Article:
- Term Papers and Free Essays

The Good Earth

Essay by   •  April 22, 2011  •  1,099 Words (5 Pages)  •  1,640 Views

Essay Preview: The Good Earth

Report this essay
Page 1 of 5

The overriding theme of the novel, "The Good Earth", by Pearl S. Buck, is the nourishing power of the land. The book takes place during the early 1900s in China. The main character, Wang Lung who starts out as a poor farmer, has an intimate relationship with the earth because he produces his harvest through his own labor. Wang Lung and his wife O-lan have many children and together cultivate a bountiful and profitable harvest from their land. Wang Lung's relationship with the earth is exhibited through his religious devotion to the earth, he is unhappy when separated from it, and the restorative qualities that the land provides when Wang returns to it.

The harvest's beginning and end is compared to birth and death. As the seasons change, great families come and go, and fortunes rise and fall. Wang Lung's family, who works hard and loves the land, is entering its springtime, while the Hwang family, who is materialistic and extravagant, is entering its autumn, and nothing is unchangeable but the earth itself. The idea that all human life begins and ends in the unchanging earth is a central point in the novel. The book repeatedly insists that the land deserves respect and that those who do not show respect will eventually fall on hard times. As a poor farmer, Wang Lung has an intimate relationship with the earth: having no money for workers, he must personally plant and harvest his crops, and as a result, he spends a great deal of time in the fields, alone with nature. Wang's house is made of earthen bricks, great squares of earth dug from his own fields, and thatched with straw from his own wheat. Wang Lung would also provide for the earth after taking a bath, for example he says "'I will throw the water on the earth when I am finished and it is not all waste.'" (5) Wang's religion is based on worshipping the earth deity, for whom he burns incense. Since he is a farmer, Wang worships before two small earth gods in the field to bring good fortune to himself and his family. This offering indicates Wang Lung's recognition that the land is more powerful than he is. Because of this recognition, Wang Lung is frugal, hardworking, and modest.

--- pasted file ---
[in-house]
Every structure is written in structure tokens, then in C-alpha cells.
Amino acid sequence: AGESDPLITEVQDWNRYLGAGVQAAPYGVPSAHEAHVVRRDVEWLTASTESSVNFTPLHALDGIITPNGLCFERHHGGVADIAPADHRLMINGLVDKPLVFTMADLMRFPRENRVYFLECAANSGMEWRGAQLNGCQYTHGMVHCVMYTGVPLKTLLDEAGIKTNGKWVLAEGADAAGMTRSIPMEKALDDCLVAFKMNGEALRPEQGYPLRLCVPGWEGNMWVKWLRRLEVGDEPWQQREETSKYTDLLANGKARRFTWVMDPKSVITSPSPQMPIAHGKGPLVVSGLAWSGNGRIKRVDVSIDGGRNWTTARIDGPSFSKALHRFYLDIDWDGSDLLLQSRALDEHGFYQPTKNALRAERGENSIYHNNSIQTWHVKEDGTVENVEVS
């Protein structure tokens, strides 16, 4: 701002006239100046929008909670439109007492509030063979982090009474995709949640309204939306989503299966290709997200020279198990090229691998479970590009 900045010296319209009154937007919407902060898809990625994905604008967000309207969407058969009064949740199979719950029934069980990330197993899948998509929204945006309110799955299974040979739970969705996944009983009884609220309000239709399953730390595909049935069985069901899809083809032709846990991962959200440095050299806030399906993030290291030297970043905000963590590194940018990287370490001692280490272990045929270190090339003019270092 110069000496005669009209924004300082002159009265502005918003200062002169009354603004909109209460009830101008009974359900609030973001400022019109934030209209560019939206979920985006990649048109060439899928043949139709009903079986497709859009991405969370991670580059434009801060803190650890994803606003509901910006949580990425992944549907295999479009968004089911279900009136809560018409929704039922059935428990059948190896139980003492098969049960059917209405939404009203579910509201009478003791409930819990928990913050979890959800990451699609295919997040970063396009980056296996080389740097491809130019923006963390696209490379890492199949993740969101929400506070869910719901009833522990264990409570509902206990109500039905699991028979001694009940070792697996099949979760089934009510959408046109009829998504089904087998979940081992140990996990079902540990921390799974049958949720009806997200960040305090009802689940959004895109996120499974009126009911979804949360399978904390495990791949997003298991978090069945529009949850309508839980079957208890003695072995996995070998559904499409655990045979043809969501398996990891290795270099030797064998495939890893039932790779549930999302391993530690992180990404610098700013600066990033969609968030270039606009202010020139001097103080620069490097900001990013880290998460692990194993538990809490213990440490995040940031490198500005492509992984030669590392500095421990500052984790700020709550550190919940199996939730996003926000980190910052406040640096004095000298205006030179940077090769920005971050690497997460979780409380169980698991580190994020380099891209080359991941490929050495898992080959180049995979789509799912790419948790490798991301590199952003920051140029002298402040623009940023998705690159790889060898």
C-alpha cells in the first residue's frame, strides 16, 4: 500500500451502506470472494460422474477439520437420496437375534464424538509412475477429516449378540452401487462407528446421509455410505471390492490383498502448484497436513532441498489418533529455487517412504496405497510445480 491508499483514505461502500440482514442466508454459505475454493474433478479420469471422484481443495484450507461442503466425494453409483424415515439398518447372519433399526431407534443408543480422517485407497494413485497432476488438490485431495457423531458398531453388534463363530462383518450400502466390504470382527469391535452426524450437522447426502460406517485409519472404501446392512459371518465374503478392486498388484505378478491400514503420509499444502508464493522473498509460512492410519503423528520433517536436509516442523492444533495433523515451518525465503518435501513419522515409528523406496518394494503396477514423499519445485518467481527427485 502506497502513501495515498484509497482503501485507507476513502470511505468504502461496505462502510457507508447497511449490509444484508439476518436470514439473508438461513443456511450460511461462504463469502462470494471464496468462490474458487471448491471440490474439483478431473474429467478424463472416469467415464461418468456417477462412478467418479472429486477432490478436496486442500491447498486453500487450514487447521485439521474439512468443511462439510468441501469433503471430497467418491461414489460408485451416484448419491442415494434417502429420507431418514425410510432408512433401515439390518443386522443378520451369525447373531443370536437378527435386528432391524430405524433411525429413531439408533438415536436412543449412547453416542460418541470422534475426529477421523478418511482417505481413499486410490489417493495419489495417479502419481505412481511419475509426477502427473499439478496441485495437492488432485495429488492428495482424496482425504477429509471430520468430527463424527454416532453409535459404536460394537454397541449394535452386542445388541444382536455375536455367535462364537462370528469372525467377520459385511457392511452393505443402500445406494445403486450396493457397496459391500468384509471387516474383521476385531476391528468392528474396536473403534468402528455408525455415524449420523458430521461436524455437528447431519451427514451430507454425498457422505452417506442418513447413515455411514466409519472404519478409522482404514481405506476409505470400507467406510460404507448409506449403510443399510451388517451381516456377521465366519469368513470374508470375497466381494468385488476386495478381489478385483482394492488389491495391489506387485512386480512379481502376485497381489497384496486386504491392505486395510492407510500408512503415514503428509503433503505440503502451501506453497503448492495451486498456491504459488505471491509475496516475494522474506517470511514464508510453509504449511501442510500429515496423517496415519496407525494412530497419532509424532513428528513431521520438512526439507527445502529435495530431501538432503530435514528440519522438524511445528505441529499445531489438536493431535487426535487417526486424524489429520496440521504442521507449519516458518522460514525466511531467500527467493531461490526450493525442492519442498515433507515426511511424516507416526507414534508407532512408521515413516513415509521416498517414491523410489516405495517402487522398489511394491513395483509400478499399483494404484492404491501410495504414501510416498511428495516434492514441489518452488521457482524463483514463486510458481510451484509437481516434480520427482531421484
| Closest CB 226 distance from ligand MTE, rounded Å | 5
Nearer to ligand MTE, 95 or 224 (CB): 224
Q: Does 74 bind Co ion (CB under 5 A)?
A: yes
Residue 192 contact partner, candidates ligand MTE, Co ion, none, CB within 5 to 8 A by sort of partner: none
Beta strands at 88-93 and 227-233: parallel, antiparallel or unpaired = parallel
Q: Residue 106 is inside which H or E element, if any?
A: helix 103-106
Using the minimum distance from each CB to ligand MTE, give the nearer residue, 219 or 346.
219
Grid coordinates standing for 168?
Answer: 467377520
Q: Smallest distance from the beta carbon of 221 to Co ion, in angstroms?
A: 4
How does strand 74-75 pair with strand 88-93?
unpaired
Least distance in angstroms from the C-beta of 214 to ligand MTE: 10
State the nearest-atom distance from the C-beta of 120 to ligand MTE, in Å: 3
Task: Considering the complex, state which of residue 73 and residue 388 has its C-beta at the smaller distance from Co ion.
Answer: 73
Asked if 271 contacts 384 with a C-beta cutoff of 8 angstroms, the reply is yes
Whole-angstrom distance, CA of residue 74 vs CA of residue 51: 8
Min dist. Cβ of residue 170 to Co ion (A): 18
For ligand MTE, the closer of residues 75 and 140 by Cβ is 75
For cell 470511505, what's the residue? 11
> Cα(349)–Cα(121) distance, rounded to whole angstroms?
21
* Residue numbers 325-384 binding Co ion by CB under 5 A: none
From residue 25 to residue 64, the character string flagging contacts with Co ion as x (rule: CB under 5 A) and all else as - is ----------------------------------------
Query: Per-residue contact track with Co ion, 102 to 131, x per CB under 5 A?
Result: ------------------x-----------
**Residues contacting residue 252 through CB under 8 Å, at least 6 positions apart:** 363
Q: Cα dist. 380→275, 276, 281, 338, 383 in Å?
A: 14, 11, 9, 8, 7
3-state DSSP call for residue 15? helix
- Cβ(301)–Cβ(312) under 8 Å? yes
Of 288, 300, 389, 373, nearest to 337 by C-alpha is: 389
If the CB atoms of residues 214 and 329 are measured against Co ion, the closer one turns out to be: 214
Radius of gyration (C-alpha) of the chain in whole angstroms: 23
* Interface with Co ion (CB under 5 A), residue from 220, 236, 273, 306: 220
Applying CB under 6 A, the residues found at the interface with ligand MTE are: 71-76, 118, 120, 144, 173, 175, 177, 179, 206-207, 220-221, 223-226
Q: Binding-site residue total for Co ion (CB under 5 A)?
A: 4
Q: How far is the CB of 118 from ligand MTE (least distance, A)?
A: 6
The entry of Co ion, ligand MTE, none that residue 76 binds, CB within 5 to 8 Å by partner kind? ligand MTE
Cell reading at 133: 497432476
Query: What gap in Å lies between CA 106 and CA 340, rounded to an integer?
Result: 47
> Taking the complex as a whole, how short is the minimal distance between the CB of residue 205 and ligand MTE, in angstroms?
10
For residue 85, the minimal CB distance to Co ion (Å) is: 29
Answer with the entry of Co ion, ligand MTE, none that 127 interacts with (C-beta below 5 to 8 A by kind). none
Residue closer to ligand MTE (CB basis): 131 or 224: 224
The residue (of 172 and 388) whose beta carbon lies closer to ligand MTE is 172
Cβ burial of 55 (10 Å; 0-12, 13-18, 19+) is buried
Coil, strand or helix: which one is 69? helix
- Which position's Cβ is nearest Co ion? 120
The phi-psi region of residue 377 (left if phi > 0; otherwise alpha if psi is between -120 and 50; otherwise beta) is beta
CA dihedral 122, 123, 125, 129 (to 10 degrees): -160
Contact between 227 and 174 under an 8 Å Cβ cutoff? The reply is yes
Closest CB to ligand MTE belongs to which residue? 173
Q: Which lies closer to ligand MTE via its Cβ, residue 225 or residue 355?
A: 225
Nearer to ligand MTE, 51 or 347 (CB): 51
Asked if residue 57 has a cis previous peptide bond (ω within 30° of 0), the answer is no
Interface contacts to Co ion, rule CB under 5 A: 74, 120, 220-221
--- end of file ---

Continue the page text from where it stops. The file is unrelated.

The difficult months in the city strengthen Wang Lung's love of the land and of hard work. Wang Lung has been raised to believe that hard work and frugal living pay off in the end. He is not attracted to the idea of begging, he prefers the backbreaking labor of pulling a rickshaw around the city. When his sons begin to steal, he is more determined than ever to return to his land and earn an honest living. In an incident where Wang's sons steal meat Wang replies, "'We will eat meat that we can buy or beg, but not that which we steal. Beggars we may be but thieves we are not.'" (112) O-lan educates her children in the art of begging, even beating the children when they do not beg effectively. She realizes that if they are to eat and survive, they must learn to entice pedestrians to part with a few coins. Although Wang Lung initially knows little of the outside world, the outside world begins to impose itself on his mind as the seeds of social unrest and violent revolution begin to sprout all around him. The gap between the rich and the poor in the city is astonishing. The rich try to hold off rebellion by providing cheap rice gruel for the poor in public kitchens, but this is effective for only so long. Wang Lung becomes forced to compromise his own values during a raid on the rich man's house in the south; he becomes a thief, even though he beat his son for stealing. Just as O-lan's desperation partly explains her willingness to sell her



Download as:   txt (5.9 Kb)   pdf (83.3 Kb)   docx (10.6 Kb)  
Continue for 4 more pages »
Only available on
Citation Generator

(2011, 04). The Good Earth. Retrieved 04, 2011, from

"The Good Earth" 04 2011. 2011. 04 2011 <>.

"The Good Earth.", 04 2011. Web. 04 2011. <>.

"The Good Earth." 04, 2011. Accessed 04, 2011.